Would you rather be a five or a six?  History says the six as they have actually won 81 of 124 (65.3%).  Meaning fives are upset more often!  The sixes also make the Sweet 16 just as often (33%), and go to the Elite 8 more (10.5%).  Only three have been among the last four standing (2.4%), two have been in the title game (1.6%), and one has even won it all (Kansas in 1988).


What is strange is that No. 7’s have done almost as well as fives and sixes.  They have won 76 (61.3%) in first round games, but there the similarities end.  Only 22 have reached the next weekend, nine (7.3%) made the Elite Eight, and two (1.6%) achieved the Final Four.  Only one team has made the national title game, but the good news is that they won.  That was UConn back in 2014.


This opening game is normally a toss up, with 50.8% eights winning and 49.2% for the nine.  The dream doesn’t typically last long though, only 12 (9.7%) have gone to the last 16.  But, eight (6.5%) of those 12 have won.  Five (4%) eights went to the Final Four and three (2.4%) played the title game.  That’s they lowest seed to do so.  One even cut down the nets when in 1985 Villanova knocked off Georgetown.


While nines do have some first game success, things don’t go well after that.  Only five (4%) have made the second weekend, two (1.6%) the round of 16, then a single team has lasted to the round of eight.  That team was Wichita State in 2013 and they ended up losing their Final 4 matchup.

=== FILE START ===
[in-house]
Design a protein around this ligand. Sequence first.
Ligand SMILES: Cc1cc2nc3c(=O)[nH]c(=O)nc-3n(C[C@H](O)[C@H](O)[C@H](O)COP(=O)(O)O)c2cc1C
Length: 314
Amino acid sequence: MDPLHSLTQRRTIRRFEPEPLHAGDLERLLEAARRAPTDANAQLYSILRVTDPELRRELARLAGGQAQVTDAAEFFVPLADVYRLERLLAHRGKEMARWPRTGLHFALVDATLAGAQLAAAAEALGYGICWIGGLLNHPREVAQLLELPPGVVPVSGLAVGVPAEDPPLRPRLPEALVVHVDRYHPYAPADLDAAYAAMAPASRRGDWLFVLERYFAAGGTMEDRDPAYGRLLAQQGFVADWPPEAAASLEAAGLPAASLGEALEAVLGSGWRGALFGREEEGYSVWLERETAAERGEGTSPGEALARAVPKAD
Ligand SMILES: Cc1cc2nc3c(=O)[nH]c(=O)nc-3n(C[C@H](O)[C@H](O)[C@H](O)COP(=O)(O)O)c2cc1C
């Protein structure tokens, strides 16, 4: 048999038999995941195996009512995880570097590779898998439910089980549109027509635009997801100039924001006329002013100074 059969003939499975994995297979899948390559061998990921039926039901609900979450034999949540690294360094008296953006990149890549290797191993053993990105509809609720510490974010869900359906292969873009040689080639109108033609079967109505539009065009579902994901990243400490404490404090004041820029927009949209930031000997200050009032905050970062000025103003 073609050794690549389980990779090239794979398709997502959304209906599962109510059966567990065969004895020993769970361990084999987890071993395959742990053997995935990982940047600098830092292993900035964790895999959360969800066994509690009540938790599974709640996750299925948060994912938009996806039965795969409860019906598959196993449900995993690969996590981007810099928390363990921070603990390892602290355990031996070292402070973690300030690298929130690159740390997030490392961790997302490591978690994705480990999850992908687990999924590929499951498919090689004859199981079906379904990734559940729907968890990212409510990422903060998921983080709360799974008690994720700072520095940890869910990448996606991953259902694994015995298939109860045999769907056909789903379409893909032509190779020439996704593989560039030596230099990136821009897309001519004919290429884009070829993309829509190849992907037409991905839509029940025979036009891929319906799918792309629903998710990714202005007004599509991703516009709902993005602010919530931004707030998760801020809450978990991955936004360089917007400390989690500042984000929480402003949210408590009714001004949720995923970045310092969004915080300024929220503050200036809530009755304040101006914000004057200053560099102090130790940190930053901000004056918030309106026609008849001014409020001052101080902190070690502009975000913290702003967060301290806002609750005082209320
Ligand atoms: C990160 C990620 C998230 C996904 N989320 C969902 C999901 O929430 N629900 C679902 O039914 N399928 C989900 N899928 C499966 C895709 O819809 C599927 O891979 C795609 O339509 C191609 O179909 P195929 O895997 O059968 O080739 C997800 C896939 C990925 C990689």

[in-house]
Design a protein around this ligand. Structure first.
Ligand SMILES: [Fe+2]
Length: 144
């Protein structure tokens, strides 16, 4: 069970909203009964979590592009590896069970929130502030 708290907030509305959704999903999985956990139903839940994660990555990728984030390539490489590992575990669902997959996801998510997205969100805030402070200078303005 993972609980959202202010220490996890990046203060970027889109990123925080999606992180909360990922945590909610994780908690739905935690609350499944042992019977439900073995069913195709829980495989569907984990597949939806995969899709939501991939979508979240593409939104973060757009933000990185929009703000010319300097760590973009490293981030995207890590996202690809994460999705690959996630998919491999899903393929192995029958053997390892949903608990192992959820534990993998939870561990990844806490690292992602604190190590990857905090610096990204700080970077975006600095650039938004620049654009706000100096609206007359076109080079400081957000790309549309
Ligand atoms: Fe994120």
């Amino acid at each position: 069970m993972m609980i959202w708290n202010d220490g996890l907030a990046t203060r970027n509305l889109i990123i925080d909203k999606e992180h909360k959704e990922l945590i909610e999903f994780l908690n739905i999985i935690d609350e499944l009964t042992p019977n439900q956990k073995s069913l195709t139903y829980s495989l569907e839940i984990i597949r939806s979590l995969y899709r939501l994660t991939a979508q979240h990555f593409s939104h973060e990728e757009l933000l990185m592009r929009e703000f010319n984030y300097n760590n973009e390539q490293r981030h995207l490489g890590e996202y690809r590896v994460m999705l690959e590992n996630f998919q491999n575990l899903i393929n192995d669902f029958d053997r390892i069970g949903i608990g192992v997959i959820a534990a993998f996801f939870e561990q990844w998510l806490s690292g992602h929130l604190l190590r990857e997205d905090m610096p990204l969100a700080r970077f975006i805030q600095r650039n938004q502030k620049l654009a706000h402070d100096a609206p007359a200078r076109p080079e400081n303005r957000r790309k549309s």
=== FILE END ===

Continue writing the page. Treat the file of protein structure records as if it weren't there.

The initial two rounds you might see a few tens pulling off the victory.  With 48 (38.7%) first-round wins and 22 (17.8%) second-round wins one ten making the next weekend isn’t out of the question.  However, only seven (5.6%) won the third game but not a single one has ever made the championship weekend.


Elevens had won 43 (34.7%) times in first round matchups, 18 (14.5%) second, then only six (4.8%) third round games.  Three (2.4%) no. 11 teams have gone all the way to the last four, but that’s where there run has ended.


Everyone makes a big deal of these games.  Sure, more 12’s have won than 11’s.  What’s surprising is they have nearly as many wins as 10 seeds.  They don’t do terrible in the following round either with 20 of the 44 winning again.  That’s 16% advancing past the opening weekend.

That’s where the story ends though.  Only 1 has ever made the Elite 8 and they’ve never seen a Final Four.


When you get Cinderella stories from this point on, they are more like one-hit wonders.  We’ve seen 25 1st-round winners (20.2%), but only six (4.8%) could pull off back-to-back victories.


While they do have 20 first round upsets (16.1%), a 14 has only made it to the second weekend twice (1.6%).


They do win 5.6% of the time, but only 1 has even made the Sweet 16.


They’ve never won.  Don’t pretend you can pick the first one that will do so.  The rest of your bracket will be ruined and you can see how far No. 1’s typically go.  If you are a fan of a #16, buy your ticket to the first round game.  It will be the only chance you have to see them.

Even using all of this information your odds of picking a perfect bracket aren’t good.  That’s why in 2014 Warren Buffett had no problem offering a $1 billion grand prize to anyone who could pull it off.

I don’t know if there will be any prize quite that big ever again, but if you enter enough of the free March Madness contests out there you can haul in quite a few prizes with a good showing.

Our bracket tips for beginners offers even more historical data to help you fill out a winner.